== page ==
The more I learn about migration the more unbelievable I find it. The number and variety of birds which travel vast distances to breed is staggering. From humming birds flying between Mexico and Alaska, to gulls which circulate between Newfoundland and Chile, returning via Africa.
Many garden birds take part in these epic voyages too. Cuckoos are probably the best known, but Swallows, Swifts and House Martins make much the same journey and are a lot smaller. All these species are now on their way back, many of them already in southern Europe, and are being tracked by the BTO, using a range of data loggers, to help understand better where they migrate to, and by which routes, and maybe learn why their numbers are in decline.
During these early months of the year, we see short-range migrants moving through our gardens. Birds such as Siskins, Chaffinches and Goldfinches are moving northeast towards their breeding grounds, having spent the winter in the south and west of the country.So far this year most of the numbers reported are lower than usual, suggesting that fewer birds came across the North Sea in the first place.
Blackbirds from Fennoscandia and northern Germany also spend their winters here and move back east in early spring. I’ve seen Redwing and Fieldfare in my garden recently, possibly forced away from their usual feeding locations by the snow, but also starting to make their way back north-eastwards to breed.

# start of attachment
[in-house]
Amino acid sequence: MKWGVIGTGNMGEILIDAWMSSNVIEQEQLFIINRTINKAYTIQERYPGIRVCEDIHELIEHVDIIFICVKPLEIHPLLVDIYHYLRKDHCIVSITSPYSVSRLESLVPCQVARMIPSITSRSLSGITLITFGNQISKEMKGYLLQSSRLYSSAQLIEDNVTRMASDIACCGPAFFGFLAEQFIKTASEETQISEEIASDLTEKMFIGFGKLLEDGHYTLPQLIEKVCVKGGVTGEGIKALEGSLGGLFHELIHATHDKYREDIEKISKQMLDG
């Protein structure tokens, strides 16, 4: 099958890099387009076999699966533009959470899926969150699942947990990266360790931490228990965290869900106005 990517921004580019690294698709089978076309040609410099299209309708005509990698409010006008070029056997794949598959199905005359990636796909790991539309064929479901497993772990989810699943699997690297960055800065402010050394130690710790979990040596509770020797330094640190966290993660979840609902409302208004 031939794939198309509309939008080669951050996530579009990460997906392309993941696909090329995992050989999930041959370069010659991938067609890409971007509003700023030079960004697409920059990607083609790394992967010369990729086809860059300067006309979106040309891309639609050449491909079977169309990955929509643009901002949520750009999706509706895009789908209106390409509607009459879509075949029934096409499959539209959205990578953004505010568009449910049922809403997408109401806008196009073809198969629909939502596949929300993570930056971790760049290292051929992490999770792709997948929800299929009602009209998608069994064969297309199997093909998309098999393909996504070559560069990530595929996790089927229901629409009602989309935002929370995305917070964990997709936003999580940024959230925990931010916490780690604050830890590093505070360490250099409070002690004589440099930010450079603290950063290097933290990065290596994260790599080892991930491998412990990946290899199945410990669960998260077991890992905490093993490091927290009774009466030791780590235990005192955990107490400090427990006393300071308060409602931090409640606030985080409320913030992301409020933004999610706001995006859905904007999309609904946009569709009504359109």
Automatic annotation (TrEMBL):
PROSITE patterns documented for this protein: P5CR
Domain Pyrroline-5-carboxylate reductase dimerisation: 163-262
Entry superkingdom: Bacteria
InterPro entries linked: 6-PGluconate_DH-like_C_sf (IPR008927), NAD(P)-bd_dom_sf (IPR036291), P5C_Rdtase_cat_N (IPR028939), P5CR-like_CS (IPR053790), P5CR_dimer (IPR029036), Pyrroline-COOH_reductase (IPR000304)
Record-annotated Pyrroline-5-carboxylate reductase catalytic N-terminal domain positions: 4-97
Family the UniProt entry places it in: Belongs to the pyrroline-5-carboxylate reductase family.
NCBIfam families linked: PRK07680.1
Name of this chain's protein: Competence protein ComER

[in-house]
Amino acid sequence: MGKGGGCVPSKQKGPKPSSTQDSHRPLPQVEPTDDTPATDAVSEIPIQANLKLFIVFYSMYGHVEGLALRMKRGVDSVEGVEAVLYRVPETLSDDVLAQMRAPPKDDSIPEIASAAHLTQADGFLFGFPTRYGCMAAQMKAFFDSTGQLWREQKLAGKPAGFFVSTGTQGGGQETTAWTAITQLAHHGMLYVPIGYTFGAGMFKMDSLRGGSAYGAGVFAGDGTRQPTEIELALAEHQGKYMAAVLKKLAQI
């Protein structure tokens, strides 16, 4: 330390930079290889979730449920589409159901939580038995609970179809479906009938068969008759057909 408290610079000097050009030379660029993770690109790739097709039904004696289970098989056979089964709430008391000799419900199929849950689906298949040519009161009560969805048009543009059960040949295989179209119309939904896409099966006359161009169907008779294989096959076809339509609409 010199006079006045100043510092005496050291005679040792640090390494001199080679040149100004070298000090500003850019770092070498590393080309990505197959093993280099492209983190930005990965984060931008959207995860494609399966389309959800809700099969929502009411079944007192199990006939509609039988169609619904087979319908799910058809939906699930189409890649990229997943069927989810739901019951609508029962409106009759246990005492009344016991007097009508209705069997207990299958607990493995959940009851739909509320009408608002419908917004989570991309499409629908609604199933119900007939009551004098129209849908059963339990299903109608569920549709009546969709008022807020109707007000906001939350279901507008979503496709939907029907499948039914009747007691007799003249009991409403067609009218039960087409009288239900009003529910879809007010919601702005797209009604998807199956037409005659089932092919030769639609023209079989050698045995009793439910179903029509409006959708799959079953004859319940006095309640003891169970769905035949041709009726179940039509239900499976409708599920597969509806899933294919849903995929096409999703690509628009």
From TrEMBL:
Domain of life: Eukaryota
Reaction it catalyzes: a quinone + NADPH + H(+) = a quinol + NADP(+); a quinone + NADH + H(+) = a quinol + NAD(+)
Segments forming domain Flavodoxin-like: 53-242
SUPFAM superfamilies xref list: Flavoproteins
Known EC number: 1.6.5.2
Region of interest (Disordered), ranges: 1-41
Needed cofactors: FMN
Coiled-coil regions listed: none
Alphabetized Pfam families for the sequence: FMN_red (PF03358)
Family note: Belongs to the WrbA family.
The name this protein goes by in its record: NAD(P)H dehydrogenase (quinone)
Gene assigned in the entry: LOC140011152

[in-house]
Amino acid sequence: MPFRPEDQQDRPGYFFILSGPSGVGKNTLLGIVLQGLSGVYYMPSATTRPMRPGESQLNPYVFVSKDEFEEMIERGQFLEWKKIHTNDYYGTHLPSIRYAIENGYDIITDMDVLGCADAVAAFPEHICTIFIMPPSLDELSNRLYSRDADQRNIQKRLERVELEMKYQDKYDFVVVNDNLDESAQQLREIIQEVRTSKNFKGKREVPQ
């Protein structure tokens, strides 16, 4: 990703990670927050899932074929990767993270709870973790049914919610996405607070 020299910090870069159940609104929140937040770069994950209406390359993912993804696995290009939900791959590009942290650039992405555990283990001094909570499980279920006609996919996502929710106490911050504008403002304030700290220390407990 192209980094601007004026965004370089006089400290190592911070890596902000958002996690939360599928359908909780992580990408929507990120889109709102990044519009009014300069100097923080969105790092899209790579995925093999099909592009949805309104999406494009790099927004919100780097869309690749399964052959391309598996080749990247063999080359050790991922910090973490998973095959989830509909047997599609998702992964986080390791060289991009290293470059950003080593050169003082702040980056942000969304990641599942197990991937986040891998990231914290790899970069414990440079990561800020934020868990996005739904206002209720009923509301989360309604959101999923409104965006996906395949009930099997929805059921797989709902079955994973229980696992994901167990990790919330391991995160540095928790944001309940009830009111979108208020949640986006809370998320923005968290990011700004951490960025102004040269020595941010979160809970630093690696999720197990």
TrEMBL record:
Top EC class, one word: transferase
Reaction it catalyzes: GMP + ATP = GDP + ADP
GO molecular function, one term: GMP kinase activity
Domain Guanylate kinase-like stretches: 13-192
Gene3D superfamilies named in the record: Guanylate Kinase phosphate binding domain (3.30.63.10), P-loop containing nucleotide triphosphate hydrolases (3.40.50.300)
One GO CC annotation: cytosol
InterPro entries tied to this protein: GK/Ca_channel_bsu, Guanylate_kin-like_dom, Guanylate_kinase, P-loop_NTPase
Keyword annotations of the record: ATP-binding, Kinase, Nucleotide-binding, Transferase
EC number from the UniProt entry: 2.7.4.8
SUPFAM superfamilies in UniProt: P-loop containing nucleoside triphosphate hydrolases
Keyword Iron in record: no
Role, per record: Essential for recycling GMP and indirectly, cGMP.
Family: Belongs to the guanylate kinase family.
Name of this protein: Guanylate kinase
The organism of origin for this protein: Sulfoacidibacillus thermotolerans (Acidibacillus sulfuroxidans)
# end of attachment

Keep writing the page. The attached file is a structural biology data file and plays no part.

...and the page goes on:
As you mayhave heard, The Yorkshire Arboretum stillhostsa flock of around a hundred Hawfinches, a very rare event. They will presumably be returning to their breeding grounds soon, though there is always the hope that a few may stay and breed.
Migration habits are changing everywhere. Climate change allows many species to overwinter closer to home, as exampled by German Blackcaps wintering in southwest England rather than around the Mediterranean. Ever more species are breeding in the UK as well as in continental Europe, witness the spread north of Little Egrets which are now to be seen regularly in Yorkshire.
At the other end of the journey, both climate change and population growth are affecting our migrants’ summer quarters. Increased populations need more food and fuel, so forests are rapidly being eroded and land use is changing, with farming becoming more widespread and intensive. All of which reducethe availability of food for wildlife.
Food is key to migration: birds consume a vast amount of energy flying long distances, often across hostile terrain such as the Sahara. To do this they must fatten up before their journey, and then refuel on the way. Climate change produces ever more extreme weather conditions, which often mean insufficient food is available to migrants at their point of origin and en-route. We know that this is one of the major causes of migrating Cuckoomortality through Spain, where droughts and wildfires have caused major problems recently.
On the brighter side though, now is the time to keep your eyes peeled. You never know what might choose your garden to rest and refuel in on its way back home! Particularly if we have some strong winds to blow them off-course.
If you find the lives of our garden birds interesting and would like to join in and count the feathered occupants of your garden, please contact me or visit the BTO Garden BirdWatch website(www.bto.org/gbw). If you know of an organisation not a million miles from York which would like a talk on garden birds call: Mike Gray 07596 366342 or gbwmike @gmail.com.